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Retrofitting an aquatic centre to save water and energy

By pwpro posted 11-06-2014 10:34

Towards its ambitious goal of becoming carbon neutral by 2020, Darebin City Council in Victoria has retrofitted one of its aquatic and recreation centres, resulting in impressive energy and water savings.
Darebin City Council – located on the northern suburbs of Melbourne, Victoria – joined the Australian federal government’s Cities for Climate Protection program in 1997. Representing a population of about 150,000, the council has since developed its Community and Corporate Climate Change Action Plans, with the central goal of becoming carbon neutral by 2020.

“Darebin City Council is seen as a leader in energy efficiency, having operated an in-house energy efficiency program with dedicated staff since 2006,” explains the council’s Assets and Business Services Director, Steve Hamilton. 
Northcote Aquatic and Recreation Centre
“Since the energy efficiency program was implemented, council has avoided more than $700,000 in expenditure and reduced annual greenhouse gas emissions by over 5000 tonnes annually – equivalent to around a 29 per cent overall reduction in our greenhouse gas emissions,” he says.

'Pooling our energy savings'

Included in these measures has been the council’s more recent ‘Pooling Our Energy Savings’ project, with the goal of significantly reducing the emissions and energy costs associated with two community leisure facilities – the Northcote Aquatic and Recreation Centre (NARC) and the Reservoir Leisure Centre.

“The aim is to roll out the upgrades at NARC, capitalise on the learnings, then realise the opportunity to apply similar measures to other facilities,” explains Hamilton.

Darebin City Council owns NARC, with operations contracted to the YMCA. The centre features a 50m outdoor heated lap pool and a 25m outdoor heated learner’s pool. Indoor heated pools comprise a 25m lap pool and parallel children’s play and education pool, as well as a spa. 

NARC has a visitation rate of around 750,000, with 4200 members. More than 30 local schools use the centre for their swimming carnivals and the centre is aligned with numerous community and sports groups.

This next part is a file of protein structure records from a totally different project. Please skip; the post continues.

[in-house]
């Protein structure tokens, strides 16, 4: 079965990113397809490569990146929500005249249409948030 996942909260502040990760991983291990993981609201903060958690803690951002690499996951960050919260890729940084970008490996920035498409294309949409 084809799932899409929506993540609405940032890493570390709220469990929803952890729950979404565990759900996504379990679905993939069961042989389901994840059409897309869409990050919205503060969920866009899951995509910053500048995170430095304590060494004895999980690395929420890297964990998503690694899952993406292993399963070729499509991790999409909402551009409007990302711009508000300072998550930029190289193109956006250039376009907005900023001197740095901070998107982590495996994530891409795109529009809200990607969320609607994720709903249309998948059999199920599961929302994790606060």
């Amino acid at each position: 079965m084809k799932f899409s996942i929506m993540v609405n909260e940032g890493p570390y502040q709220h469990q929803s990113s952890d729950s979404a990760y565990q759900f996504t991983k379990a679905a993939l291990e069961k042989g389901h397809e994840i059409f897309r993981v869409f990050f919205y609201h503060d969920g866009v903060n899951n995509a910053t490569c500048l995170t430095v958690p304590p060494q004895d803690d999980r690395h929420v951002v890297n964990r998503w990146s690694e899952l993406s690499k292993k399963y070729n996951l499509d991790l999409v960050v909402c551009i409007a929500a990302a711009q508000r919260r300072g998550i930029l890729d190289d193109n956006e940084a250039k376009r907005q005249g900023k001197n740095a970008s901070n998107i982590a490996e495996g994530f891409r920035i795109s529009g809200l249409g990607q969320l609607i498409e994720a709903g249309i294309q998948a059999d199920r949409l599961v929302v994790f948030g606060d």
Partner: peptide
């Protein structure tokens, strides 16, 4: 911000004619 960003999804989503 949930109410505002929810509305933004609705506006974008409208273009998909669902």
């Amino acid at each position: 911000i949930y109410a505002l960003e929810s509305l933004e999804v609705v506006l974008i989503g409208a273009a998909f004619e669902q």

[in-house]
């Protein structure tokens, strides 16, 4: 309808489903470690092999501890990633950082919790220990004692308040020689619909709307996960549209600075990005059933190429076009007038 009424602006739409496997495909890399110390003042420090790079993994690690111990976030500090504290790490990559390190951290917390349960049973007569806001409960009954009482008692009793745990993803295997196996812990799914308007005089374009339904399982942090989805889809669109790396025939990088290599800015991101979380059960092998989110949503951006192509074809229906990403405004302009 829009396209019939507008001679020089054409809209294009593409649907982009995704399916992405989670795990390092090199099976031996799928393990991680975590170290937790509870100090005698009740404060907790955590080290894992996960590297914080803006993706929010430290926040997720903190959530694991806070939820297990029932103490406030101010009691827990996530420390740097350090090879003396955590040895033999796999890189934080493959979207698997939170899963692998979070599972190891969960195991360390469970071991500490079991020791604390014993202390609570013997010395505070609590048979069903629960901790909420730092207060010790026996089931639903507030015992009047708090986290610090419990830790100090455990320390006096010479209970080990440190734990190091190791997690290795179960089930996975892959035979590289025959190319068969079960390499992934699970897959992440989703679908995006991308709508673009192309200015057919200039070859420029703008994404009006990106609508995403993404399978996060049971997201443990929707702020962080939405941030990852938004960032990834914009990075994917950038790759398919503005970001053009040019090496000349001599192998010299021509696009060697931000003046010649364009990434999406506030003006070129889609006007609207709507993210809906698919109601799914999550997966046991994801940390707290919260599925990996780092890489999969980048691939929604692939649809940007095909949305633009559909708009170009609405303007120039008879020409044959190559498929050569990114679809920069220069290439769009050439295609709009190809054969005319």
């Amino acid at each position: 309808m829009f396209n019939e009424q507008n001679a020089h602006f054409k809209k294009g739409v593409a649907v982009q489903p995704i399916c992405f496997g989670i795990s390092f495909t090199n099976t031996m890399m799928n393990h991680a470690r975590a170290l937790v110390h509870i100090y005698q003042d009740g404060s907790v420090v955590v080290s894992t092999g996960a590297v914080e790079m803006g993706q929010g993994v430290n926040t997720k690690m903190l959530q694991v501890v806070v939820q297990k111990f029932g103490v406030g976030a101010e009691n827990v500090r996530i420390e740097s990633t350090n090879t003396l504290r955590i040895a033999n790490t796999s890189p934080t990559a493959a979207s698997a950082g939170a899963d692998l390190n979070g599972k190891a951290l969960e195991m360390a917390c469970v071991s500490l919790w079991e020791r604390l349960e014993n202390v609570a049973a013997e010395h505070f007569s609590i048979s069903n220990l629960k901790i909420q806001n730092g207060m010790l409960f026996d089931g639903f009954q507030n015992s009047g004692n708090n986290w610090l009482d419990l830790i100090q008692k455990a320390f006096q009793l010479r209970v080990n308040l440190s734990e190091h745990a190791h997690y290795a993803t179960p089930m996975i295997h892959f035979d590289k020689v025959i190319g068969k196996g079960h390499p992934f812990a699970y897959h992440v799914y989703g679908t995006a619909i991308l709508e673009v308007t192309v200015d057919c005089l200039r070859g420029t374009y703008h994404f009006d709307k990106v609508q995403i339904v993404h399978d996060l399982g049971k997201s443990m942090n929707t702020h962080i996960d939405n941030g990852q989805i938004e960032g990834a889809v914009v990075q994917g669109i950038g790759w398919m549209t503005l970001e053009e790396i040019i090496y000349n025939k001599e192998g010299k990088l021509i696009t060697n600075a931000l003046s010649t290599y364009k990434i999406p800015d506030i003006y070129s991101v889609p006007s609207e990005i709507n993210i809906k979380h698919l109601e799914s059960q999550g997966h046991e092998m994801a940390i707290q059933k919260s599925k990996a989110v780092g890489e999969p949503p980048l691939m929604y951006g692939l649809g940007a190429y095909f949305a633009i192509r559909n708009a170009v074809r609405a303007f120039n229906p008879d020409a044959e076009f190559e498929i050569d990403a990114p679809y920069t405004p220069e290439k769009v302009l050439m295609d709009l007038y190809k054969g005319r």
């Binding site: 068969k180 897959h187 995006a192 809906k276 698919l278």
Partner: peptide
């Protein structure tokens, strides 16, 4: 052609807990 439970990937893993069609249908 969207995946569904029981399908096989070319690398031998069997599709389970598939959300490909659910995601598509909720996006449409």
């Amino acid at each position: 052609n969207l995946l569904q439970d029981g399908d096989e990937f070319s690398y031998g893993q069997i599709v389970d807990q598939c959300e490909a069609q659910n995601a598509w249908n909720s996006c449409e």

Energy and water efficiency measures that have been implemented at NARC include:

  • Cogeneration, i.e. using gas to generate electricity on site, with waste heat used to heat the pool water and pool halls;

  • LED lighting, with close consideration given to safety and glare, including fitting diffusers over the indoor pool;

  • HVAC (heating, ventilation and air conditioning) upgrades, including replacing the old gas heating system with a more efficient reverse-cycle heat recovery system;

  • Pool blankets, which prevent evaporation and heat loss overnight, while also reducing condensation with the additional benefit of protecting the building from corrosion; and

  • A commercial solar hot water system (visible from the spa, providing a positive community awareness opportunity).

The council has also demonstrated its commitment to sharing information with other councils, participating in numerous knowledge-sharing events. It was also a partner in the development of the Municipal Associations of Victoria’s ‘Streamlining Cogeneration for Victorian Councils’ toolkit.

The NARC upgrades were officially launched at a community open day, barbecue and ‘energy expo’ held on Saturday, 19 October 2013. 

Benefits to the community resulting from the upgrades extend beyond emissions reduction, explains Hamilton. 

“Due to the significant load on the electricity grid from these sites, our community should also benefit from reduced stress on the local networks and more reliable energy supply,” he says. 

The project commenced in 2012 and will total just over two million dollars in cost.

Darebin City Council received co-funding for the project from the Australian Government’s Community Energy Efficiency Program (CEEP) and the Local Government Energy Efficiency Program (LGEEP). The council fitted into the funding program as a low socio-economic municipality.

The total emissions-reduction target at NARC alone will be 1000 tonnes of CO2-equivalent annually – comparable to removing around 270 passenger vehicles from the road every year.

Successful engagement of the centre management, the YMCA, was critical to the success of the NARC project, says Hamilton. 
“The upgrades involved numerous inconveniences, such as shut downs and restricted access. In order to deliver a successful experience of energy efficiency, good communication and respect for the users was paramount.” 

This article originally appeared in the May-June 2014 edition of Public Works Professional, the official journal of the IPWEA.

#AssetManagement #ClimateChangeSustainability